Wednesday, 7 October 2015

Igbo genocide: Asaba, 7 October 1967

Today, Wednesday 7 October 2015, is the 48th anniversary of the mass execution of 700 Igbo male, boys and men, in Asaba (twin Oshimili River port of Biafra) by genocidist Nigeria military brigade commanded by Murtala Muhammed and Ibrahim Haruna and Ibrahim Taiwo. This was during phase-III of the Igbo genocide which Nigeria launched on 6 July 1967. 

Emma Okocha’s Blood on the Niger (TriAtlantic Books, 2006), a compulsory reference in the study of the Igbo genocide, meticulously catalogues the savagery and aftermath of this massacre. Okocha, who lost most of his family during the slaughter, survived the execution as a 4-year-old.
(Emma Okocha: onye amuma ndi Igbo)

Hundreds of other Igbo boys and men were also slaughtered by the Muhammed-Haruna-Taiwo brigade in several other towns and villages in this Anioma region of Biafra, west of the Oshimili, as  Okafor Udoka has shown (Okafor Udoka, “Lest we forget the genocide of Asaba”, Skytrend News, 6 October 2014). Ifeanyi Uriah, now 61, another survivor of the Asaba execution, recalls, in an interview with Udoka, the haunting memory of 7 October 1967:
I cannot tell this story without tears in my eyes … They [genocidist brigade] ordered everyone to come out to the [Asaba] town square … They were honest with us. They told us they were going to kill us. They took us to the mounted machine guns. Then it dawned on us that it was true. I was standing with my older brother at the edge of the crowd. He was holding my hand. He had always taken care of me. We shared the same bed. He was the first to be dragged away by the soldiers. He let go of my hand and pushed me into the crowd. He was shot in the back. I could see the blood gushing from his back. He was the first victim of the massacre. Then all hell let loose. I lost count of time. To this day, I live with the smell of the blood of my brethren that night. Even the heavens wept for the victims of this holocaust. Finally the bullets stopped (Udoka: 2014).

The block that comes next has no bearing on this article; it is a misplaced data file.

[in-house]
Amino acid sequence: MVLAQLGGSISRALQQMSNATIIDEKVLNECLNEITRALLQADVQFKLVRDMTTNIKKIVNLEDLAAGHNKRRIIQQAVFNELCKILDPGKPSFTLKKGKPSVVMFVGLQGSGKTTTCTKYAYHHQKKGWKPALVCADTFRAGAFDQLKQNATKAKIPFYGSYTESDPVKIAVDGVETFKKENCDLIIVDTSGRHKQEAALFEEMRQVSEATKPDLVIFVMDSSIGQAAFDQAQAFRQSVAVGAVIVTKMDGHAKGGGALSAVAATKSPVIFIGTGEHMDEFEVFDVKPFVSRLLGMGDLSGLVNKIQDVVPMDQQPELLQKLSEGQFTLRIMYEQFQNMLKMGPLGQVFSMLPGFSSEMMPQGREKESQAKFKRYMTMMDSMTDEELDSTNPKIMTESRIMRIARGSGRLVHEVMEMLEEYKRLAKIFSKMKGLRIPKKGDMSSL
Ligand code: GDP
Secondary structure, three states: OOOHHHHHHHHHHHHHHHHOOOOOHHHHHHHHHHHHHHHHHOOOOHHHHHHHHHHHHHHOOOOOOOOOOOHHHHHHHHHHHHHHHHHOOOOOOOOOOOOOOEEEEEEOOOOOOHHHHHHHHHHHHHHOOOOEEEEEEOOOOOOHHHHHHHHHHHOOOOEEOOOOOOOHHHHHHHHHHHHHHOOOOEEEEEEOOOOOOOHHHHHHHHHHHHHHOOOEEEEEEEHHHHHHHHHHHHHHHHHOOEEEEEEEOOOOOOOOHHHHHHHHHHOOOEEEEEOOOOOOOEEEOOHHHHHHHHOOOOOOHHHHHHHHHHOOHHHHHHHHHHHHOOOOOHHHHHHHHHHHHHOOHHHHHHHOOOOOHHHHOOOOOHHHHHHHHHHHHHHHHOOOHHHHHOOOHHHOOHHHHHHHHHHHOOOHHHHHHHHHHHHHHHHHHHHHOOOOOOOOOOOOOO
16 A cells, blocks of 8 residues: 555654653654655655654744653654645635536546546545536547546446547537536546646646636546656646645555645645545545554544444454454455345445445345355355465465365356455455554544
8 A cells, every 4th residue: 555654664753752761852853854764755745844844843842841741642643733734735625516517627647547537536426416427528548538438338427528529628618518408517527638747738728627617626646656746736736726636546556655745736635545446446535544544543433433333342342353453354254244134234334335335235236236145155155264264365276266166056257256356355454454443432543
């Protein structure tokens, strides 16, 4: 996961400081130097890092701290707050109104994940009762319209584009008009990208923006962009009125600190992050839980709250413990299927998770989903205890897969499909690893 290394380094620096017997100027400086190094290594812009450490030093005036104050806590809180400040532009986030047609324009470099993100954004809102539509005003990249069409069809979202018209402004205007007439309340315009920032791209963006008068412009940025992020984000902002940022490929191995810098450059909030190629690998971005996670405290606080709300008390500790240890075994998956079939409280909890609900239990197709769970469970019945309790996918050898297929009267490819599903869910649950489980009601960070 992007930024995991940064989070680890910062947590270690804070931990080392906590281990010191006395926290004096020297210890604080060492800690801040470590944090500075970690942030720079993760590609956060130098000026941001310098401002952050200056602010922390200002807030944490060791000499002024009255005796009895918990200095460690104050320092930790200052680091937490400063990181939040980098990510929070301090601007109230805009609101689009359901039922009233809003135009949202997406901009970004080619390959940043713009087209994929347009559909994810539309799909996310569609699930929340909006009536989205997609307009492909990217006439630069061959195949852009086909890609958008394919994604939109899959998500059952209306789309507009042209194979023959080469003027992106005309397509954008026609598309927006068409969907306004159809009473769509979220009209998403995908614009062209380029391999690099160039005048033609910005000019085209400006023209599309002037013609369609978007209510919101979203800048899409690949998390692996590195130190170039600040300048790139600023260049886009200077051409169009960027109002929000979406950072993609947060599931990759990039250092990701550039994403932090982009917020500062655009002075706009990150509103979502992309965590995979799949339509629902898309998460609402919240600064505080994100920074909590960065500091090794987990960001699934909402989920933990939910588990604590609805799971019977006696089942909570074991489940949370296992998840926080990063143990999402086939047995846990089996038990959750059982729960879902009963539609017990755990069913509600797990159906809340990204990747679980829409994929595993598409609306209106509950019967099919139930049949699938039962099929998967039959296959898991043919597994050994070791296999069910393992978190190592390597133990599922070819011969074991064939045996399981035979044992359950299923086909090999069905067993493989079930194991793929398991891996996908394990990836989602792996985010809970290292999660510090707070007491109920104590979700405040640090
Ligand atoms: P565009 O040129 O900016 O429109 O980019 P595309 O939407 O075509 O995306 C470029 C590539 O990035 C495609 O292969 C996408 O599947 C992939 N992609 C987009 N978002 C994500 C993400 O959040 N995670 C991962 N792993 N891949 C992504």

Nigeria murdered 3.1 million Igbo people or one-quarter of this nation’s population during the three phases of the genocide – 29 May 1966-12 January 1970. This genocide, the foundational genocide of post-(European)conquest Africa, inaugurated Africa’s current age of pestilence. 

The world could have stopped this genocide; the world should have stopped this genocide. To understand the politics of the Igbo genocide and the politics of the “post”-Igbo genocide is to have an invaluable insight into the salient features and constitutive indices of politics across Africa in the past 50 years.
(Andrew Hill Sextet, “Dedication” [personnel: Hill, piano; Kenny Dorham, trumpet; Eric Dolphy, bass clarinet; Joe Henderson, tenor saxophone; Richard Davis, bass; Tony Williams, drums; recorded: Van Gelder Studios, Englewoods Cliff, NJ, US, 21 March 1964])
Twitter @HerbertEkweEkwe

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